LAWRENCE — The transition to life after high school is a monumental stage in the lives of young people, as they enter college, enter the workforce, leave home and begin adult life. But for young people with autism, this time can be particularly difficult, as the supports and programs in place to support them at school often come to an end. A University of Kansas researcher has won a grant to help develop a program specifically designed to help young women with autism build their social networks, improve their self-determination, and digitally map community resources to improve their physical health and welfare.
Jenn Bumble, an incoming assistant research professor at the KU Center on Developmental Disabilities, was awarded a one-year, $42,000 grant from the Autism Physical Health Intervention Research Network, known as AIR-P. The AIR-P Fellowship Program aims to launch the next generation of researchers seeking to promote the health and well-being of people with autism across the lifespan. KUCDD is a collaborating research entity of AIR-P. The grant will fund initial research on Mapping My Health, a new intervention that combines community asset mapping and teaching self-determination to help young women with autism.
Teens with autism often receive support throughout their school careers as they plan for further education, employment, and community life, but this planning rarely involves health care. This means that many young people leave the K-12 school system with limited knowledge of community health assets or effective strategies to achieve their health and wellness goals.
“Too often we ignore the health aspect of the transition. We focus on college or careers, which are important, but health and wellness are also vital,” Bumble said. “Young women with autism are an understudied and underserved group in the autistic community. They often go undiagnosed or receive delayed diagnoses, which can impact their social communication support needs and put them at risk. to concurrent health problems.
Mapping My Health will fill this gap with a digital and community-based approach. Bumble has created a digital intervention called Mapping Assets for Postschool Success. Known as MAPS, the program works with young people to document community assets such as service providers, community organizations, employers and other supports in Google My Maps to map what is available in their community. . Mapping My Health unites MAPS with the Self-determined learning model, a strengths-based approach developed at KUCDD, which empowers young people with disabilities to set and achieve goals and teaches the skills needed to achieve them. Participants will use their maps to set goals for health areas that need additional support, create action plans to reach their goals, and self-assess their progress as they learn more about themselves and the community assets.
This summer, the research team – including faculty members Sheida Raley and Karrie Shogren as well as PhD student Jessie Kiblen – will work alongside 24 young women with and without autism and take pre- and post-tests to measure changes in their social networks, self-determination, and physical health and well-being. Half of the total sample will receive the Mapping My Health intervention. Those who do will not only map their digital assets, but work with family and community partners to learn more about health, wellbeing, health outcomes and available services in their community.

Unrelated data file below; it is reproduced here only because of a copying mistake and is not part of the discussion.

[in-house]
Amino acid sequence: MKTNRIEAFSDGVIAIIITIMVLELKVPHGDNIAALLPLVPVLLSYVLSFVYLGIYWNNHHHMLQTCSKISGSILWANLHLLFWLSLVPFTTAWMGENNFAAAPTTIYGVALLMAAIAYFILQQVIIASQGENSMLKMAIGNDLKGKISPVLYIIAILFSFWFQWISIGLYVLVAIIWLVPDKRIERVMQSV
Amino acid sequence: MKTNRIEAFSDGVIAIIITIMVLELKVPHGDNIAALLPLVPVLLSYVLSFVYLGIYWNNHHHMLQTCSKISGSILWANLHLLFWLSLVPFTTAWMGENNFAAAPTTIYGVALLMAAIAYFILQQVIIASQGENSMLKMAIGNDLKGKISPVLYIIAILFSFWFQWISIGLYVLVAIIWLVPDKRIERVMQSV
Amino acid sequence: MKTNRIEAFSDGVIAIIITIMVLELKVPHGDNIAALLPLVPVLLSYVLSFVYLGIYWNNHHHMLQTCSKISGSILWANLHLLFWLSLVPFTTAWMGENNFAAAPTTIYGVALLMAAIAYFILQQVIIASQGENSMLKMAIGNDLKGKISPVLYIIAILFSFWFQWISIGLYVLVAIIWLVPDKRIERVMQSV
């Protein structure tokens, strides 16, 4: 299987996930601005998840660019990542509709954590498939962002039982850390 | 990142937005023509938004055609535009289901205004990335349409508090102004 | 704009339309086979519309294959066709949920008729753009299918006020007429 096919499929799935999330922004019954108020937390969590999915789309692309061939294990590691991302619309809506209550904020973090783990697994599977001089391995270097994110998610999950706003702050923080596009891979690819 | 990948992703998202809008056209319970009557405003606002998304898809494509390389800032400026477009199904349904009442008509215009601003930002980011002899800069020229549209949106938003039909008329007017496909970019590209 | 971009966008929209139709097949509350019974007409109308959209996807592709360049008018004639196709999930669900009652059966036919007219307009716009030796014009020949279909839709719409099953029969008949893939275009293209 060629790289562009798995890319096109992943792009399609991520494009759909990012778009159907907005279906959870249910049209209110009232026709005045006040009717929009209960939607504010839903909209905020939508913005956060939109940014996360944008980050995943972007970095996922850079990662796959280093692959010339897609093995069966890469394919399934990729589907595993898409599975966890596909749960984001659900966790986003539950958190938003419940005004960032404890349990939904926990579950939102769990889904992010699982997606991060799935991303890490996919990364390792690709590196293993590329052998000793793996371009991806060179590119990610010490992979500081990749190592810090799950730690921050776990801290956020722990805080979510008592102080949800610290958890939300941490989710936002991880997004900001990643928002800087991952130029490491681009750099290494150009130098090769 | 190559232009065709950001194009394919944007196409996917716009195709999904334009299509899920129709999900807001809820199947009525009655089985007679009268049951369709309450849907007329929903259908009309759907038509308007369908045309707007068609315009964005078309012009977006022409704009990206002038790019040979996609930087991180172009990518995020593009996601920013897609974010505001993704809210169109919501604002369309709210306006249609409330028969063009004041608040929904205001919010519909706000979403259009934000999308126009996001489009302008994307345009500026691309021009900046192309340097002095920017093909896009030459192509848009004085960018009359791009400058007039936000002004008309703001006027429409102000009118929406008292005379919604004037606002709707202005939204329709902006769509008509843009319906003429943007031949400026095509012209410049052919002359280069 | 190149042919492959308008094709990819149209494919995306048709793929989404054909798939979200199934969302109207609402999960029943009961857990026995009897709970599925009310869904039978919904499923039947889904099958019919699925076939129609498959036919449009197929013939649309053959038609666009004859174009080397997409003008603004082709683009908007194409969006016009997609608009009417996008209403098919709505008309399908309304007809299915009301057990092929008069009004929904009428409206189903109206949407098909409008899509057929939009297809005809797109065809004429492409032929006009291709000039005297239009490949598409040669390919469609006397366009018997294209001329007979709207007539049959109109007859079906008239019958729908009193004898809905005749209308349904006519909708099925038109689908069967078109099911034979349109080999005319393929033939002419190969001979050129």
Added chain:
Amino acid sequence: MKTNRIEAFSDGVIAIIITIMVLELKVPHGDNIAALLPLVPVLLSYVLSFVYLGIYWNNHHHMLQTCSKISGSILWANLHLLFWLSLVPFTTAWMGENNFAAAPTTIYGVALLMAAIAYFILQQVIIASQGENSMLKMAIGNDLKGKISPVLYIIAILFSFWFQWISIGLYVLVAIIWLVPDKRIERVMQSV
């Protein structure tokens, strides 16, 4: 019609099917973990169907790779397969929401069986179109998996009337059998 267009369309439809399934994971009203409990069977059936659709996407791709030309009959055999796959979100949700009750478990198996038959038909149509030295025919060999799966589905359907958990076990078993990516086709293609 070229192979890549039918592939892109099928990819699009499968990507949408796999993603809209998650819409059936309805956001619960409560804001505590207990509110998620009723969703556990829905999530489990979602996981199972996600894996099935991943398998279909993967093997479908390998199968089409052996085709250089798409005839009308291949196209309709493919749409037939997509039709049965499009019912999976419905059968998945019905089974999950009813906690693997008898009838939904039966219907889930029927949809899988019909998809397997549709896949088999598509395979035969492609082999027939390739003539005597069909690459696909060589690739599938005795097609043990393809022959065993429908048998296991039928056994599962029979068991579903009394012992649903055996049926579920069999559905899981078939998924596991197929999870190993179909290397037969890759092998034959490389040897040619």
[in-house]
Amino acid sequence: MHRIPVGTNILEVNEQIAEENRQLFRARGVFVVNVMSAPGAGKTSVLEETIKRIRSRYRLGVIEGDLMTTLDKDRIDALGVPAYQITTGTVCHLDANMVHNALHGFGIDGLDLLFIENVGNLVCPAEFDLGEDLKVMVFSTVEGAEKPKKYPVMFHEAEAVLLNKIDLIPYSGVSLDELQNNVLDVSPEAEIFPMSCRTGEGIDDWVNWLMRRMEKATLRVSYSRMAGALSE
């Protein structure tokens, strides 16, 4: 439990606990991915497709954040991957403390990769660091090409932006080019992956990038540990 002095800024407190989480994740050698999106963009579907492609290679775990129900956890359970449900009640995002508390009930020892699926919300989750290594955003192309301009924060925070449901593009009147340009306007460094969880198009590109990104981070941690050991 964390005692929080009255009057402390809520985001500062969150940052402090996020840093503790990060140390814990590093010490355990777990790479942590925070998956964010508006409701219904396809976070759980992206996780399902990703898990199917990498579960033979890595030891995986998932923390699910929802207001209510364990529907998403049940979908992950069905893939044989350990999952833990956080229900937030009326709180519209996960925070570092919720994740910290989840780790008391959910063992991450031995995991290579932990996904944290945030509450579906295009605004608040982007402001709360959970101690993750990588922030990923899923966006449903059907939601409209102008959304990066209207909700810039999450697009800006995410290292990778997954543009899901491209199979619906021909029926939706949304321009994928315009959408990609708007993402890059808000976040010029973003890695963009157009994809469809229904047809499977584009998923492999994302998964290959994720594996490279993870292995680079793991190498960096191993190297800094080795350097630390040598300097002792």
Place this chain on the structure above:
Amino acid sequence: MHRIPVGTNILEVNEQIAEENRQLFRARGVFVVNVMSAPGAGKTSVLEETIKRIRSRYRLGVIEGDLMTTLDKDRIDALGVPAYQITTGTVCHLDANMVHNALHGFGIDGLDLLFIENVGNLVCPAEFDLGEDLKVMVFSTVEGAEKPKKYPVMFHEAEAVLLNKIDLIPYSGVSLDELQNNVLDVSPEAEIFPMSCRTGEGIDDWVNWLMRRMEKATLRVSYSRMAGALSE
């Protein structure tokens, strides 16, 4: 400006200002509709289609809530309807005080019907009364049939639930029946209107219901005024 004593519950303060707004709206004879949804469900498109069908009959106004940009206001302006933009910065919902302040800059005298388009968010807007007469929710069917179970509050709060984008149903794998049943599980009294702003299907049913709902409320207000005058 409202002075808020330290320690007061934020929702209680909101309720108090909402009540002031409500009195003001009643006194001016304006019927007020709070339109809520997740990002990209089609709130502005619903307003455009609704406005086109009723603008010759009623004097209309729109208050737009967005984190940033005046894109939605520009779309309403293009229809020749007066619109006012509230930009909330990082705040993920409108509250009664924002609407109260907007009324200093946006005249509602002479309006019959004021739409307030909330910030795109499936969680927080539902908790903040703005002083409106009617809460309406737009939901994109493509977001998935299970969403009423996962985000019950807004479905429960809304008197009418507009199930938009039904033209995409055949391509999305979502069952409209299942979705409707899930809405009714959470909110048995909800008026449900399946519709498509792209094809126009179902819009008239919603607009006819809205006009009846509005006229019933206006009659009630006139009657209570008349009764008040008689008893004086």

“Mapping My Health is about helping young people map out what’s available in their community and learning who can help them achieve their goals,” Bumble said. “The program is also inclusive, relying on non-autistic peers to provide peer support as they all move through the mapping process together.”
The research team will work with a community advisory board, led by an autistic co-researcher. The council will provide advice and improve the feasibility, relevance and accessibility of Mapping My Health. Participants will share their findings on available services, coverage gaps and more with the board and community members, healthcare providers, family members, policy makers and others.
Upon completion of the program, Bumble said the researchers will share their findings with the goal of securing more funding to expand the program to be available statewide and regionwide and to make the Mapping My Health program more widely available to schools and communities.
As young people with autism often struggle to make social connections, one of the main goals of Mapping My Health is to improve young women’s connections with family, friends, colleagues, service providers and others to promote positive health outcomes.
“When most of us make health decisions, it’s not by ourselves or just with our doctor, it’s often with a circle of support,” Bumble said. “Participants will be empowered as experts in their own health experiences as they move forward in a process of reflection, inquiry, planning and action to improve their own health and that of their loved ones. communities.”
The project will also engage families, preparing them to support the asset mapping process and apply it to other areas of community life after the intervention. This will go hand in hand with programs aimed at improving the interconnected areas of education, careers and community life.
Picture: A Google My Maps screenshot of the University of Kansas campus and surrounding Lawrence. Credit: Google.com/maps.